Billions allocated to improve pupils' performances

Tuesday, June 1, 2010

Pretoria - The Gauteng Department of Education is determined to ensure that pupils in the province are at the top of their class, setting aside more than R17-billion to improve their performance.

Tabling the department's budget at the Gauteng Legislature on Tuesday, Education MEC Barbara Creecy said the largest slice of the R22.48 billion budget would go to public primary and secondary schools.

The R17.1-billion will be spent mainly on infrastructure and interventions to improve pupil's performances but will also go towards the salaries of new teachers.

The money will also be used to provide and maintain decent school buildings, support the no-fee policy, and provide nutrition.

Further Education Training (FET) Colleges were also prioritised in the budget.

The MEC said that R919-million would be allocated to FETs in order to address the skills shortage and to improve young adults' access to the working world.

On the other end of the scale, Early Childhood Development programmes will receive a cash injection of R 557-million.

"This is consistent with the need to expand early childhood and Grade R learning opportunities for young children across the province," Creecy added.

One of the immediate priorities of the department was to better the Grade 12 results.

"We have set ourselves a target: 80 percent Grade 12 pass rate by 2014," the MEC said.

She added that the department had identified a number of challenges that needed to be tackled in order to improve the pass rate and new interventions would be applied across the entire system.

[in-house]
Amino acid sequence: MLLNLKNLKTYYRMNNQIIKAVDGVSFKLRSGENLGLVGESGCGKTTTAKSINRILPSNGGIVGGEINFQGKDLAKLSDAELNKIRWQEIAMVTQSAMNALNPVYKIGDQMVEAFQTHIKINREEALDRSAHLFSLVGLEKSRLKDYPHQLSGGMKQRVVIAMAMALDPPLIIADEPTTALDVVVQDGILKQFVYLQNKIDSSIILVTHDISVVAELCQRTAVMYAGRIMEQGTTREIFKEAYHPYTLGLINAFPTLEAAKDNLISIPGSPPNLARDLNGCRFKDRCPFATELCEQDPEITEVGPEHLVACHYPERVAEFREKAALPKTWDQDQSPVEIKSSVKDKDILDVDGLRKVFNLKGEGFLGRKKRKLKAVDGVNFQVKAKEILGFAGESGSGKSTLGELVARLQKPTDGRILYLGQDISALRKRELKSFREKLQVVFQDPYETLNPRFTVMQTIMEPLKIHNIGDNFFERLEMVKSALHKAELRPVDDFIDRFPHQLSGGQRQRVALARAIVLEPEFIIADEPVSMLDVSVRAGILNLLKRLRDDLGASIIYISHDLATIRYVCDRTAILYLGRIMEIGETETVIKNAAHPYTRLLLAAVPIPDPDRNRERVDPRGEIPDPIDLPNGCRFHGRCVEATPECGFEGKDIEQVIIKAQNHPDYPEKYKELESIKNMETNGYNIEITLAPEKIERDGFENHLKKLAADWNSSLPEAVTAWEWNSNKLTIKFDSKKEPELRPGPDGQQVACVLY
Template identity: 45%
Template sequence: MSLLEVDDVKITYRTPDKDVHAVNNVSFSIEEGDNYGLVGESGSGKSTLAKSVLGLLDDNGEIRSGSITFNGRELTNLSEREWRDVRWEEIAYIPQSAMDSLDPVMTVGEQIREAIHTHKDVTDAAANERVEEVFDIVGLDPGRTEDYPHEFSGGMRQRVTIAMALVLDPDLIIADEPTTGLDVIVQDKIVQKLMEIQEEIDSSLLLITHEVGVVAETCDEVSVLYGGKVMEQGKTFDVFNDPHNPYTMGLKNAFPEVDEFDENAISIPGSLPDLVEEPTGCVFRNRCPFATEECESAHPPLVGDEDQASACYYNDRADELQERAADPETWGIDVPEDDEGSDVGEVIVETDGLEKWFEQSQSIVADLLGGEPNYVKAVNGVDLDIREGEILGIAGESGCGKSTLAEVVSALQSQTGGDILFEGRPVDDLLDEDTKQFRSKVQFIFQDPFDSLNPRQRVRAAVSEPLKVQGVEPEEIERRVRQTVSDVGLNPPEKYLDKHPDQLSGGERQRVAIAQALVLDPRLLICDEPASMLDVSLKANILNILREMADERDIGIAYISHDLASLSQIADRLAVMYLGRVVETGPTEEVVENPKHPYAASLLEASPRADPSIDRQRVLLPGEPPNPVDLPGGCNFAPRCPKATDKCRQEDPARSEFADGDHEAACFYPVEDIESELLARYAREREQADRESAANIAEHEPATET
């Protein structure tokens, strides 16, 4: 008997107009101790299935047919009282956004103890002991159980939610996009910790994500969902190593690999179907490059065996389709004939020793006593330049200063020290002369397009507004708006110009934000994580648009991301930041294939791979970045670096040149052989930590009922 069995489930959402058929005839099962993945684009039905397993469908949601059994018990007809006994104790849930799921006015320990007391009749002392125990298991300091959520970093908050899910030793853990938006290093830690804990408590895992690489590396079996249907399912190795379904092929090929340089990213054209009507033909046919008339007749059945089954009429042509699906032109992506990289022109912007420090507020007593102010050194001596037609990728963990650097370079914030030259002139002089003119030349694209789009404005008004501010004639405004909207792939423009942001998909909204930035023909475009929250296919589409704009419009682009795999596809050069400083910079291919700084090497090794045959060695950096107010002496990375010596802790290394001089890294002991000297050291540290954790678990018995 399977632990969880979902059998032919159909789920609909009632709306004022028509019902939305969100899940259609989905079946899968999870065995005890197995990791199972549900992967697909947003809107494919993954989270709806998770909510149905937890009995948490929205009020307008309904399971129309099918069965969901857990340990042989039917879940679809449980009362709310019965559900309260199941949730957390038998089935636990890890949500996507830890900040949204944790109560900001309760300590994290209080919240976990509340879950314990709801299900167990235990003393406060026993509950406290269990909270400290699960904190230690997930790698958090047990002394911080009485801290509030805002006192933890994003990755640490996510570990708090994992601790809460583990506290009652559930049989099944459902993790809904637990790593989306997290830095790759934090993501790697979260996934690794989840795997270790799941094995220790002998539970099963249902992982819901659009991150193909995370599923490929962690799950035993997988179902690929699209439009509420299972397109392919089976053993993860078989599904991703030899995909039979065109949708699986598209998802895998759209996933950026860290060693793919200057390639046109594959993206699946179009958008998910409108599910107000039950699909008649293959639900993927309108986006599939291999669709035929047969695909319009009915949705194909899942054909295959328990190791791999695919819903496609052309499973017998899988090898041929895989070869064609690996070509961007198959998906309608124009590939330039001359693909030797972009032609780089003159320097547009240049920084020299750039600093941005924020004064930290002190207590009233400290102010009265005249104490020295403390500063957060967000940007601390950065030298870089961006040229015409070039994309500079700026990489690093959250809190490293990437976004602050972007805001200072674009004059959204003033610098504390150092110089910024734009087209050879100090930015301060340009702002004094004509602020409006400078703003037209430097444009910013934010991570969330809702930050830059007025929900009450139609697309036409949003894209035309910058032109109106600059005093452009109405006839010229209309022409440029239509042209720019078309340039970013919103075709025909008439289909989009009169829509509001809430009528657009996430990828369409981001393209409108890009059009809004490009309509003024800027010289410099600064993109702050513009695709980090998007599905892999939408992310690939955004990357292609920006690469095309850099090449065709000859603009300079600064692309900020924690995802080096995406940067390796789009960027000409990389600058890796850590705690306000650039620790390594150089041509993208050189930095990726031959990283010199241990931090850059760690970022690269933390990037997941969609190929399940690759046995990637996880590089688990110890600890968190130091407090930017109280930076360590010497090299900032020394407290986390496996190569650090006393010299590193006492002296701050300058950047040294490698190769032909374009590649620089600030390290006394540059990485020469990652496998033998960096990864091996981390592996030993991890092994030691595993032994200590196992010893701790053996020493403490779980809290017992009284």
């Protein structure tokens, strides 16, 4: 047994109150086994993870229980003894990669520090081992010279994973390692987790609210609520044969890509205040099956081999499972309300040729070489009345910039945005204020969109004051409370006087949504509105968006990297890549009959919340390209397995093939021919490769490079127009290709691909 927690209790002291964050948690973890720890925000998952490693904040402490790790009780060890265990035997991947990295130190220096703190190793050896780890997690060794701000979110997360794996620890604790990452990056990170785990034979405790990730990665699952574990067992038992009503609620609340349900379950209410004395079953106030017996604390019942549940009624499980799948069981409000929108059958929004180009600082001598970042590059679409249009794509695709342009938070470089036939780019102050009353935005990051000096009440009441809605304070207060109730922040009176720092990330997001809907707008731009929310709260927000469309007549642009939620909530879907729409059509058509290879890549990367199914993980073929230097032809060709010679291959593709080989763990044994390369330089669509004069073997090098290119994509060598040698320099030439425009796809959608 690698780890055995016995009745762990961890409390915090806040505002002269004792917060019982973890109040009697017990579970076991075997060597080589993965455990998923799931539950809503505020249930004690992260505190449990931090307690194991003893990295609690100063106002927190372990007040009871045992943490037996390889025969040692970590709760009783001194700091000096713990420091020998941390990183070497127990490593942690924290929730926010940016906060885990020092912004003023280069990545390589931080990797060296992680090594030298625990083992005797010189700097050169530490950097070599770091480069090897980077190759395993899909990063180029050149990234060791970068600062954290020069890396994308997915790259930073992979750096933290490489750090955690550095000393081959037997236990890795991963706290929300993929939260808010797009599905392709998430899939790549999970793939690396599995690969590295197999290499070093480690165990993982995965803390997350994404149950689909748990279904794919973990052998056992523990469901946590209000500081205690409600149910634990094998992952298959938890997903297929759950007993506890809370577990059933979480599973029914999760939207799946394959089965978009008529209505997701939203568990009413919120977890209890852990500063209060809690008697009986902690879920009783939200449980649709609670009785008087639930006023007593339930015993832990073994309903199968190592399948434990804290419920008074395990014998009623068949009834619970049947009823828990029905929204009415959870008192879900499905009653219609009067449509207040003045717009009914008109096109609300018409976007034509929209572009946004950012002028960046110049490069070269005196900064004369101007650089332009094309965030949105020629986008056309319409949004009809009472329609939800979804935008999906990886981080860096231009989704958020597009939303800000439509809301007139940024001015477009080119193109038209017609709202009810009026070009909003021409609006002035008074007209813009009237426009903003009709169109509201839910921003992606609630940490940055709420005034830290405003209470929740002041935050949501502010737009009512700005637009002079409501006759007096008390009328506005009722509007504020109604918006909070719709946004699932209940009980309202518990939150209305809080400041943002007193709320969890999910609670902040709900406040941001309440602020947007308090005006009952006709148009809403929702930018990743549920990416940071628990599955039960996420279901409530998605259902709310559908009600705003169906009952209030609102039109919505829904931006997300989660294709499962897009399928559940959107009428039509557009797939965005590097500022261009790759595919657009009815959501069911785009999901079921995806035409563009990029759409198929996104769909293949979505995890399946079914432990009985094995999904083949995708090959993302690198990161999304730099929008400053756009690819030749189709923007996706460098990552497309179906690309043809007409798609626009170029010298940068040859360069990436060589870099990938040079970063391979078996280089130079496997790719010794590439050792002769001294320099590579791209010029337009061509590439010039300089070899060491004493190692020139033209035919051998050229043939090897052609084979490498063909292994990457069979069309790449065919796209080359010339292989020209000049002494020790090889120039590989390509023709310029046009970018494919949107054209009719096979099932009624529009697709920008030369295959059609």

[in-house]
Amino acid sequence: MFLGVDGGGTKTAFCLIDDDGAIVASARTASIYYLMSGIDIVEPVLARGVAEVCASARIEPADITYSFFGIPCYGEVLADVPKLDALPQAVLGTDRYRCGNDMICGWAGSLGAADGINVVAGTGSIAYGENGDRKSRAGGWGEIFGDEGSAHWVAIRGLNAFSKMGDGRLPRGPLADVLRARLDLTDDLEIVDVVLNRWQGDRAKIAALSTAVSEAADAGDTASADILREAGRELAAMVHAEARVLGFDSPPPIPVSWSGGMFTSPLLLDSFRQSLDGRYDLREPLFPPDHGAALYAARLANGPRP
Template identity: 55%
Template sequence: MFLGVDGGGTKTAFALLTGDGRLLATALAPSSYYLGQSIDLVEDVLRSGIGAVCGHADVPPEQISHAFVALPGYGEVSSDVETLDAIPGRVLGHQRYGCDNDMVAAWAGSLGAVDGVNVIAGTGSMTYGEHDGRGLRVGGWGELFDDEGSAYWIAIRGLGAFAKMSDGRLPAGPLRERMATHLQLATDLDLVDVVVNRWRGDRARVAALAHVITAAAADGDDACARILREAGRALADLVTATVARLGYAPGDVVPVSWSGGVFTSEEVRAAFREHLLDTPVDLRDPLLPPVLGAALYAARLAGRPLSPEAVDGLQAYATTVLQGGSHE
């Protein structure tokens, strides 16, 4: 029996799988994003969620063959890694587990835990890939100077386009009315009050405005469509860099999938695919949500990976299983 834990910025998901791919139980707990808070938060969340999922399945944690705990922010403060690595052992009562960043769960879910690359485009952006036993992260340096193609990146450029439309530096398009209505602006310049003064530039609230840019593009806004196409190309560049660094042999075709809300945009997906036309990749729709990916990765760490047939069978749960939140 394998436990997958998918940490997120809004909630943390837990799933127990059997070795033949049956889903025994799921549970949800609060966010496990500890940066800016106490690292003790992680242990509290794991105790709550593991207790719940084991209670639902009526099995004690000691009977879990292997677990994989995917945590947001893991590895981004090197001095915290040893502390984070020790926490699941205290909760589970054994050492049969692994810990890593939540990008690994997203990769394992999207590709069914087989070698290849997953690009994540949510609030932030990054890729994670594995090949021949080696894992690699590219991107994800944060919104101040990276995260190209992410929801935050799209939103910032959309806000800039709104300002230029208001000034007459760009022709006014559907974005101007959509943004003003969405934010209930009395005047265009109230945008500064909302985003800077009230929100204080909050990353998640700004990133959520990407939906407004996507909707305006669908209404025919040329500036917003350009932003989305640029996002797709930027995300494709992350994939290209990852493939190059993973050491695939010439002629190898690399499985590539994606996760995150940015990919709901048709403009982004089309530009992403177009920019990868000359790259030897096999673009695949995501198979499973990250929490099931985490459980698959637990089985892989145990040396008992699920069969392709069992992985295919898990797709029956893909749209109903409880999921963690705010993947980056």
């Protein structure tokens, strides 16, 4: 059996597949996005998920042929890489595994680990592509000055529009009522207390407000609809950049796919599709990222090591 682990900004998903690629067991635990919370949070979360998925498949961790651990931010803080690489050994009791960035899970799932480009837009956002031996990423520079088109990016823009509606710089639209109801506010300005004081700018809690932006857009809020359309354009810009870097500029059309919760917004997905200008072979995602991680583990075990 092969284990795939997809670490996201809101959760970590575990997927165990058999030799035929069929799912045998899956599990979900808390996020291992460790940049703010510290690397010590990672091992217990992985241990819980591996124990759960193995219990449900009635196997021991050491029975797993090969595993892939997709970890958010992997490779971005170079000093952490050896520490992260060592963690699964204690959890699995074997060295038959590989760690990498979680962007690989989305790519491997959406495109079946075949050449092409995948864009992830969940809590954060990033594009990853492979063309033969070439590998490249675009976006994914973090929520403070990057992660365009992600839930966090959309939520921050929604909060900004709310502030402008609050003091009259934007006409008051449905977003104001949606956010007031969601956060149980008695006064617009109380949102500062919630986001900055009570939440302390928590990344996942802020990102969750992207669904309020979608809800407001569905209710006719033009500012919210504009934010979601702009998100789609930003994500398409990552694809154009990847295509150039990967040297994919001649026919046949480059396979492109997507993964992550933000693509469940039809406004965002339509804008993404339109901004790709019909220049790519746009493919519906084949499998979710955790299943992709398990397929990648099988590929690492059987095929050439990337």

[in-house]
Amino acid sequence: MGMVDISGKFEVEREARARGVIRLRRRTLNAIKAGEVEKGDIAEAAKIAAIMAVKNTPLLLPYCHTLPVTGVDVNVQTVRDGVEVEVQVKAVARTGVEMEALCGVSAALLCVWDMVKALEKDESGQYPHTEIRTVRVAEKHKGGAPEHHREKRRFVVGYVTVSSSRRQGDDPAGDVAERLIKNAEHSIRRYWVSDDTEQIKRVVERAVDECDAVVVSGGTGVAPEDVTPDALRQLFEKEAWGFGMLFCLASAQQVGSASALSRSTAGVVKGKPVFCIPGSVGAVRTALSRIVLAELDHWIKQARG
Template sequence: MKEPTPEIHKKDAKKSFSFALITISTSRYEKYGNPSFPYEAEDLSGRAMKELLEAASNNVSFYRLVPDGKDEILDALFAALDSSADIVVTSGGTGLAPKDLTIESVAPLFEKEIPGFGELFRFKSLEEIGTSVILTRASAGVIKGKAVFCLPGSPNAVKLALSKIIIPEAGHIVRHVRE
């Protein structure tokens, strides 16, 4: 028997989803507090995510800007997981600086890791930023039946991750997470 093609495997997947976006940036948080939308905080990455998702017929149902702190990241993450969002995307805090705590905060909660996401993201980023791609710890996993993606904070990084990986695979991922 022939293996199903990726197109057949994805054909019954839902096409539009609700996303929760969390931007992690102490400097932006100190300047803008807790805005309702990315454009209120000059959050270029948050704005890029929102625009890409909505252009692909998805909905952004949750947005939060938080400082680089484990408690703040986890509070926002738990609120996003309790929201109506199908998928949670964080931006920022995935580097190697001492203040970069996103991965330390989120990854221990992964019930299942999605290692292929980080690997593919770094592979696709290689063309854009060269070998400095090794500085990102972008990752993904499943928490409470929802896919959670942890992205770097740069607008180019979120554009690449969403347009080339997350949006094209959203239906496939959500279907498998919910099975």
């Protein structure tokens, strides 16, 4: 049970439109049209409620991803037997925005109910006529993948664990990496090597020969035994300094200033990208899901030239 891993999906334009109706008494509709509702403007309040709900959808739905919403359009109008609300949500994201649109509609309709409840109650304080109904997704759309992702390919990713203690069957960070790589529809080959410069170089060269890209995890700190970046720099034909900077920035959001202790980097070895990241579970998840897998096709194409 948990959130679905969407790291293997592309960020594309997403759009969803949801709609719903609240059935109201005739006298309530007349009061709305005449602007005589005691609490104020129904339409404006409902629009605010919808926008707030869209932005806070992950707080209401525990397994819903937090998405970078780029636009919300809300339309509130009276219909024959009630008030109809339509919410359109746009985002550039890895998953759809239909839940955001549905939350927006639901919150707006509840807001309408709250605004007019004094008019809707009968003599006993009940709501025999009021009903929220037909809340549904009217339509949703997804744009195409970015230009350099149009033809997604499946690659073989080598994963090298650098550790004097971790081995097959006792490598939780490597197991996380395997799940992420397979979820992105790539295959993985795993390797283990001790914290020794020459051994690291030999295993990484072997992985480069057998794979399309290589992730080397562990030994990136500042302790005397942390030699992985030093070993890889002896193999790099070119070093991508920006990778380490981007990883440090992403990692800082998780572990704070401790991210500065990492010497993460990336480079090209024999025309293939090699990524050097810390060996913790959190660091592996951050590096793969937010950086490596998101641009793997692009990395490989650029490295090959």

"With greater and more focused attention given to the foundation and primary stages of education, the system will produce more learners who are better prepared for Grade 12," Creecy said.

The department also outlined its mathematics, science and technology (MST) strategy, in which it had invested more than R100-million.

Creecy said the strategy was implemented to grow the pool of graduates in these fields.

"Over the medium term, the MST Strategy will provide significant post-school stream of new entrants into the economy, directly and via higher education and training. It will also ensure that the province has a pool of highly competent and highly motivated mathematics, science and technology teachers," she added.

A similar strategy would be implemented to improve literacy results at the cost of R155 million.

In the 2011 academic year the department is expected to open 11 new schools.

Construction on another 17 schools is also expected to start this year.

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